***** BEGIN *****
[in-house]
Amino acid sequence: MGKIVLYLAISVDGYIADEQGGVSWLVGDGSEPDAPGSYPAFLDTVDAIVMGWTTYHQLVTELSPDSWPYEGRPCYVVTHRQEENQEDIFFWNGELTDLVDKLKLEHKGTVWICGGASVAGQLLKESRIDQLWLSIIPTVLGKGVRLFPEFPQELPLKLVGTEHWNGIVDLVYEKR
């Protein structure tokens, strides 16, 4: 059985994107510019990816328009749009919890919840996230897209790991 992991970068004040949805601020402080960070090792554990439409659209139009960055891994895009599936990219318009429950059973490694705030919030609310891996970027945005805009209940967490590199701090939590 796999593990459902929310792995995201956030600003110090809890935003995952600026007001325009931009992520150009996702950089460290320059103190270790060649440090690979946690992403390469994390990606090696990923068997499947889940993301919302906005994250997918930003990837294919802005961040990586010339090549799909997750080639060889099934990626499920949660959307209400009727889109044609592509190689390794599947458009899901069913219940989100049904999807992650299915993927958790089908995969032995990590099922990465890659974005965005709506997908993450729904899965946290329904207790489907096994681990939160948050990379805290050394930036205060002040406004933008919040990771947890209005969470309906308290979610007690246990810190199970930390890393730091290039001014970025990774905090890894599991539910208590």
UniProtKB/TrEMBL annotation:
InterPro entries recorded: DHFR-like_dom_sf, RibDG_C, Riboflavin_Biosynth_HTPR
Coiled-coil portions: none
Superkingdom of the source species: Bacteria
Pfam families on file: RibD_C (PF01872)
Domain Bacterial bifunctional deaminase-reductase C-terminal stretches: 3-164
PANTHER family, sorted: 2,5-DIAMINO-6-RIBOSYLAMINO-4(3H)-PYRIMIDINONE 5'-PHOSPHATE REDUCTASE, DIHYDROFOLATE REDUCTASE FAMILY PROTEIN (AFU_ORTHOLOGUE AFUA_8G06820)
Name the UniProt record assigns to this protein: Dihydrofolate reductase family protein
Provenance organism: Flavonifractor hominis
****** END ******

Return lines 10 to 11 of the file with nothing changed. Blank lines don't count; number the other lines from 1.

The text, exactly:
PANTHER family, sorted: 2,5-DIAMINO-6-RIBOSYLAMINO-4(3H)-PYRIMIDINONE 5'-PHOSPHATE REDUCTASE, DIHYDROFOLATE REDUCTASE FAMILY PROTEIN (AFU_ORTHOLOGUE AFUA_8G06820)
Name the UniProt record assigns to this protein: Dihydrofolate reductase family protein